Economy of Shanghai

Economy Of Shanghai

Shanghai is the largest city by population in the People's Republic of China (PRC) and the largest city proper by population in the world. It is one of the four province-level municipalities of the PRC, with a total population of over 23 million as of 2010. It is a global city, with influence in commerce, culture, finance, media, fashion, technology, and transport. It is a major financial center and the busiest container port in the world.

Located in the Yangtze River Delta in eastern China, Shanghai sits at the mouth of the Yangtze River in the middle portion of the Chinese coast. The municipality borders Jiangsu and Zhejiang Provinces to the west, and is bounded to the east by the East China Sea.

For centuries a major administrative, shipping, and trading town, Shanghai grew in importance in the 19th century due to European recognition of its favorable port location and economic potential. The city was one of several opened to foreign trade following the British victory over China in the First Opium War and the subsequent 1842 Treaty of Nanking which allowed the establishment of the Shanghai International Settlement. The city then flourished as a center of commerce between east and west, and became the undisputed financial hub of the Asia Pacific in the 1930s. However, with the Communist Party takeover of the mainland in 1949, trade was reoriented to focus on socialist countries, and the city's global influence declined. In the 1990s, the economic reforms introduced by Deng Xiaoping resulted in an intense re-development of the city, aiding the return of finance and foreign investment to the city.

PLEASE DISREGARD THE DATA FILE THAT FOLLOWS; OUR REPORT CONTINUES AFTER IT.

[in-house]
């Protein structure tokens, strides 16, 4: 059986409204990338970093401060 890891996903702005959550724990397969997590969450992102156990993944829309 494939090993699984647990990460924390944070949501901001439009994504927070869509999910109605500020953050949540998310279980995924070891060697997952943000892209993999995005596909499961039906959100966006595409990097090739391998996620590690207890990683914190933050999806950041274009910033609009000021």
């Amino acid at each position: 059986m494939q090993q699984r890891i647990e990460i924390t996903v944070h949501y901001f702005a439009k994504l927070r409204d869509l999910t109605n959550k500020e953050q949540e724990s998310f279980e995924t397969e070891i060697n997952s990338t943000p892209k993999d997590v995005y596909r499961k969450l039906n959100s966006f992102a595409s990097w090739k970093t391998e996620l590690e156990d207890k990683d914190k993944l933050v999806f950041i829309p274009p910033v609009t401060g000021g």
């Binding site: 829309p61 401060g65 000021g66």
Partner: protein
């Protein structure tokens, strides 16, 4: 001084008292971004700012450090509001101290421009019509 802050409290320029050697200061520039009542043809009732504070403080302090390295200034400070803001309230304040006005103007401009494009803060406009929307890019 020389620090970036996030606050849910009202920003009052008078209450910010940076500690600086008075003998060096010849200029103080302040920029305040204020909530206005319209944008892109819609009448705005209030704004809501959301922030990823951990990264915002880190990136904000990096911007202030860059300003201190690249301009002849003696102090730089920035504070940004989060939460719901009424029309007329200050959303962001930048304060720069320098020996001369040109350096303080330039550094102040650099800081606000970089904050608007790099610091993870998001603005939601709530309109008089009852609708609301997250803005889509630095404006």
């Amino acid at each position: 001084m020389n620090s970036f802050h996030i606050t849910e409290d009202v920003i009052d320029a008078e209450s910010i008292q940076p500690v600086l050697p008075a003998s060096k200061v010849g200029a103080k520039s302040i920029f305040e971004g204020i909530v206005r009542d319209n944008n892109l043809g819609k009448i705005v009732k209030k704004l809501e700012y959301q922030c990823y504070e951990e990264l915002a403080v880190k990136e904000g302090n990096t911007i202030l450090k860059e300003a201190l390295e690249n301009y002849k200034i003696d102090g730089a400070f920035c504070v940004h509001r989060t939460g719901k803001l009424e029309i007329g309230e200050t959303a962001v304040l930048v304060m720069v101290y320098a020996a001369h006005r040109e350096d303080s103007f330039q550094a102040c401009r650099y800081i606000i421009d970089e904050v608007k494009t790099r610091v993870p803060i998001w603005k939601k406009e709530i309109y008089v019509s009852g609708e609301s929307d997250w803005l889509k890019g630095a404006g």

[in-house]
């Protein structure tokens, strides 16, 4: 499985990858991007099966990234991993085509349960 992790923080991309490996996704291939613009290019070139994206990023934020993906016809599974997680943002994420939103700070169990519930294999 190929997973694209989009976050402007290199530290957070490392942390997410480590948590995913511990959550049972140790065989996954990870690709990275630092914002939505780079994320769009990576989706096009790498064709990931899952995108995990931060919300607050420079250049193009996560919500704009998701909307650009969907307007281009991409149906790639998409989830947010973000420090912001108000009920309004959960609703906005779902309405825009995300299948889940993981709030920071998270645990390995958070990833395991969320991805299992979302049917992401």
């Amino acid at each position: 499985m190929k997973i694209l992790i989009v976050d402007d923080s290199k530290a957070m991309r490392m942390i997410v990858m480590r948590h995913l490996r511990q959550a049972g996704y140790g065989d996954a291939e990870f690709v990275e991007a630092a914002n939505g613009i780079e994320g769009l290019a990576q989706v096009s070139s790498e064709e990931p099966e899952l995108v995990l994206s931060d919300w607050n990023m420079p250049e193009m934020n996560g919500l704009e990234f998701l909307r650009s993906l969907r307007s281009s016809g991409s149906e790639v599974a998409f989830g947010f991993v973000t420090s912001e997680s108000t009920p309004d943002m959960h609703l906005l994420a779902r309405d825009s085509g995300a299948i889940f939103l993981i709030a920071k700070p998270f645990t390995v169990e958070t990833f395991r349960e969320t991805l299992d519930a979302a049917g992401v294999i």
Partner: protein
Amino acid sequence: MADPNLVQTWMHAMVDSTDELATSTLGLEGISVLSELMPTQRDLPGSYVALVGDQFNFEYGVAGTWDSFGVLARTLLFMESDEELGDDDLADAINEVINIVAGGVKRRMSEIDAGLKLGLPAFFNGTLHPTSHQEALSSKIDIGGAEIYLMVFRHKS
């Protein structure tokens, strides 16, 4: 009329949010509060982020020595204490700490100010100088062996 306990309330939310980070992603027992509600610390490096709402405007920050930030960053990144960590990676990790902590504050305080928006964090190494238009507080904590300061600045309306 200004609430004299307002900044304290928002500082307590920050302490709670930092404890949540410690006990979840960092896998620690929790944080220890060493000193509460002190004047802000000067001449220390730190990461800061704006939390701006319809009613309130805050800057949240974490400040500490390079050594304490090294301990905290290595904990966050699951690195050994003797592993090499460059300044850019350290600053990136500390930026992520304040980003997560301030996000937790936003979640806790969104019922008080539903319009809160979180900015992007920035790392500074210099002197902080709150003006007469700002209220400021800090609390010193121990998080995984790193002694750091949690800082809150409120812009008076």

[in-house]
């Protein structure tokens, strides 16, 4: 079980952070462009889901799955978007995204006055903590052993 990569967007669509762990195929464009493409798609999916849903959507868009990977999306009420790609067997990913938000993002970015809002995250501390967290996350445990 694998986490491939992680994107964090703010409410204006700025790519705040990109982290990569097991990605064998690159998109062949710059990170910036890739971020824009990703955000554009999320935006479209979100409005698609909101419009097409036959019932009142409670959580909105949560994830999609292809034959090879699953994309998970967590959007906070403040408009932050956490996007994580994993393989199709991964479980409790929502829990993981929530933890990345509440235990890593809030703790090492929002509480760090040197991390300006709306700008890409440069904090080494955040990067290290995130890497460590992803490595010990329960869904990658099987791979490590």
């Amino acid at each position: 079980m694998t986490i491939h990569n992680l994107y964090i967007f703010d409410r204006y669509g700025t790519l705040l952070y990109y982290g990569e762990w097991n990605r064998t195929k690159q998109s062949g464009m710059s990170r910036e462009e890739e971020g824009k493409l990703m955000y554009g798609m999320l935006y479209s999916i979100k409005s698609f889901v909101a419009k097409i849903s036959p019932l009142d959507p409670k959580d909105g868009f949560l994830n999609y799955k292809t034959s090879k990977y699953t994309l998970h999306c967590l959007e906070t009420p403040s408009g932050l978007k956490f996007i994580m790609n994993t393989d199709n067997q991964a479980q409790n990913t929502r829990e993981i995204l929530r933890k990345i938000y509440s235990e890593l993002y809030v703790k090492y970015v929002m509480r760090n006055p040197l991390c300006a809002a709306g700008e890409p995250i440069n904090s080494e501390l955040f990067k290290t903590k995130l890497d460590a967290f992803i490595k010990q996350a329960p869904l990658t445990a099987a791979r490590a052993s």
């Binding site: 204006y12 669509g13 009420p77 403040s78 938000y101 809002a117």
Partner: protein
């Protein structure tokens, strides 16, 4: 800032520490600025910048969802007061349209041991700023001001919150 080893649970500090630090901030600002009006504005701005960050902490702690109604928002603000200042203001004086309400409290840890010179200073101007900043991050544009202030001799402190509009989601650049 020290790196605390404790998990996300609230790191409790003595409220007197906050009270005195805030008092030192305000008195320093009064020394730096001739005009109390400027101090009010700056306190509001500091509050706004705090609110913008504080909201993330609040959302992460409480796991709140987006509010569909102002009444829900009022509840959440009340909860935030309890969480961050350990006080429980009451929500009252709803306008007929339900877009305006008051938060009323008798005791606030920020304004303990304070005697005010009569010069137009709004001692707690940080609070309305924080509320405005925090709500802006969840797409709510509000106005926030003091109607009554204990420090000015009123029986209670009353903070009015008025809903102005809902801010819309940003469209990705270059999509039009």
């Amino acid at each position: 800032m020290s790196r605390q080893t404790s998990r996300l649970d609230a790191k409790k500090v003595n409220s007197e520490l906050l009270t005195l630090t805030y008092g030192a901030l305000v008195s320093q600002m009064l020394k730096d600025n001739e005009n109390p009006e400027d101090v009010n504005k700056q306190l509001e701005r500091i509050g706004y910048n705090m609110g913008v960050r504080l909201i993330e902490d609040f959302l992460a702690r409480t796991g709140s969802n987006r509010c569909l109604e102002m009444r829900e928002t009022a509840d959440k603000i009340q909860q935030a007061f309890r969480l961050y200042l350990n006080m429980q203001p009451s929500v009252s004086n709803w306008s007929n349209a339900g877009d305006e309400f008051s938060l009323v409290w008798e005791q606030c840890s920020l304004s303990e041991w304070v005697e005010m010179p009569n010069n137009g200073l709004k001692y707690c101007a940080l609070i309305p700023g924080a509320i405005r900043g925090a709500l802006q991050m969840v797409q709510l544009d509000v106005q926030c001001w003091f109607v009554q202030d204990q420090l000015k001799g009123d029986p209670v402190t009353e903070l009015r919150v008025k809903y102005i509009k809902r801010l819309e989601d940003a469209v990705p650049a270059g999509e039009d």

Shanghai is a popular tourist destination renowned for its historical landmarks such as The Bund, City God Temple and Yuyuan Garden, as well as the extensive and growing Lujiazui skyline. It has been described as the "showpiece" of the booming economy of mainland China.

Read more about Economy Of Shanghai:  Etymology and Names, History, Geography, Politics, Administrative Divisions, Economy, Demographics, Religion, Education, Architecture, Culture, Media, Sports

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    Quidquid luce fuit tenebris agit: but also the other way around. What we experience in dreams, so long as we experience it frequently, is in the end just as much a part of the total economy of our soul as anything we “really” experience: because of it we are richer or poorer, are sensitive to one need more or less, and are eventually guided a little by our dream-habits in broad daylight and even in the most cheerful moments occupying our waking spirit.
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